The film that pushes the noir definition to its limit the most in this set comes next with 5 Against the House, which has been a home video staple for a while including appearances in a Sony Film Noir Classics I DVD set (with The Big Heat, The Lineup, The Sniper, and Murder by Contract) and inclusion in Mill Creek's noir line (on a disc with The Night Holds Terror and New Orleans Uncensored). Here crime film vet Phil Karlson directs a flashy tale of gambling and crime adapted from a magazine serial / novel by Jack Finney (Invasion of the Body Snatchers). Attending college thanks to the G.I. Bill, four friends -- Brick (Keith), Ronnie (7th Voyage of Sinbad's Mathews), Al (Madison), and Roy (A Boy and His Dog's Moore) -- who accidentally stumble into the middle of a robbery at Harold's Club in Reno. That up-close experience inspires Ronnie to come up with a heist plan of their own that also entangles Al's nightclub singer girlfriend, Kaye (Novak), with everyone persuaded by a promise that the robbery will be strictly for excitement with the stolen loot returned afterwards. As far as the noir elements go, that's tough to go into much without spoilers but it definitely tweaks the formula in an interesting way, particularly at the end with the "fatale" character quite different than usual. The film also touches on postwar issues in an interesting way as well, particularly the new lives given to soldiers after combat and (via Keith's character) the factor of PTSD that was often swept under the rug at the time. Novak is excellent here too, fitting into the Nevada setting nicely and making for a very convincing and beguiling torch singer.
The Indicator marks the first real special edition of this film in any format, and this may be the best looking title in the batch simply by virtue of the crystal clear, bright cinematography that has always made this one look beautifully crisp. David Jenkins offers a new audio commentary that's more low key than the others in the set, casually commenting on the action and doling out facts about the noir elements, the cast, the gambling milieu, and the use of editing and composition to the accentuate the wonderfully sharp script (by Stirling Silliphant, William Bowers, and John Barnwell, with Silliphant's hand the most in evidence). A video of "The Guardian Interview with Kim Novak" (66m47s) from 1997 is a wonderful addition with the Hollywood legend in good spirits as she chats with David Robinson about getting her start, refusing to alter her name, and working her way through the studios on a number of films that have since become beloved classics. Along with the trailer (in much better quality here than elsewhere) and a 34-image gallery of stills and posters, the disc features another apropos Three Stooges short, 1958's "Sweet and Hot" as the troublemakers come up with a way to boost their friend, farm girl Tiny, to fame as a nightclub singer. This one also marks a switch in the Stooges to widescreen, and as with the other shorts, Sony's restoration looks gorgeous.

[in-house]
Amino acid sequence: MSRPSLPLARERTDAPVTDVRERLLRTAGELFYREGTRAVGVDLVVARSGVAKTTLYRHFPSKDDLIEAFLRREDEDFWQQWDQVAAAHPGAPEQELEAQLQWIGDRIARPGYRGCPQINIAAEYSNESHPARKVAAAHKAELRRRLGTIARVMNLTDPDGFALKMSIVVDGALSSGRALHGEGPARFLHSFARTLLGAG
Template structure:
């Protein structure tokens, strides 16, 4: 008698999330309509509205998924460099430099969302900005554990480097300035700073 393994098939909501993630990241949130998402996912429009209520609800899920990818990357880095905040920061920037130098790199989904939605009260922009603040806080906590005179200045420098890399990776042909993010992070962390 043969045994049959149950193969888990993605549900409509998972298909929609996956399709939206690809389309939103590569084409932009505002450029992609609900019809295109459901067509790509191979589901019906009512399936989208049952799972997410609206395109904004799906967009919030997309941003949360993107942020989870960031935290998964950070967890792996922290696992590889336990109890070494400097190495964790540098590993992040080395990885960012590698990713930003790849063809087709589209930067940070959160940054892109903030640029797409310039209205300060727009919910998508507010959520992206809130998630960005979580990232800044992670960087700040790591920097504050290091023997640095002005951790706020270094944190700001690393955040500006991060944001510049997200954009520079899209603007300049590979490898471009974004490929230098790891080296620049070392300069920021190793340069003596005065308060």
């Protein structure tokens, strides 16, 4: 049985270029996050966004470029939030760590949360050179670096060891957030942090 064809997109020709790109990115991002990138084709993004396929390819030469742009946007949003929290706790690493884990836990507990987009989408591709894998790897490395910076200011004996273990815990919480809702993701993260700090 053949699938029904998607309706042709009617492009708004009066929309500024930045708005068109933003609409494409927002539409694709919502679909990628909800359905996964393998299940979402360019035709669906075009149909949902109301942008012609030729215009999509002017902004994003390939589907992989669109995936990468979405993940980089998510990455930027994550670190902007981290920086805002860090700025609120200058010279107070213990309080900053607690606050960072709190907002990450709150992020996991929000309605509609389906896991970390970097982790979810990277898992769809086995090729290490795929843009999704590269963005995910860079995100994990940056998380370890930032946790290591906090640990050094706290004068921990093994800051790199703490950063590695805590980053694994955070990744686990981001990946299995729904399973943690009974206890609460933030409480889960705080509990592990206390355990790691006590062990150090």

The prize for the most turbulent production in the set easily goes to the fourth film, The Garment Jungle, which was begun by Robert Aldrich who clashed with the studio over numerous issues (with claims ranging from his purported desire to shoot on location entirely in New York City to the levels of violence in the film). During a brief time off he was suddenly replaced with director Vincent Sherman (Mr. Skeffington), who had been adversely affected for several years by the fake HUAC Communist hunt. An interesting pro-union noir, the film begins with garment company owner Walter Mitchell (Cobb) arguing about workers' rights with his partner, who's promptly killed by a sabotaged freight elevator. Walter calls in his son, Alan (Mathews again), who's just finished his time in the Korean War and is sympathetic to the workers being terrorized by the local mob headed by the ruthless Artie Ravidge (Boone). With the help of Theresa (Scala), the wife of a murdered union organizer, Alan tries to win over his father and come up with a plan to escape the clutches of the criminal underworld.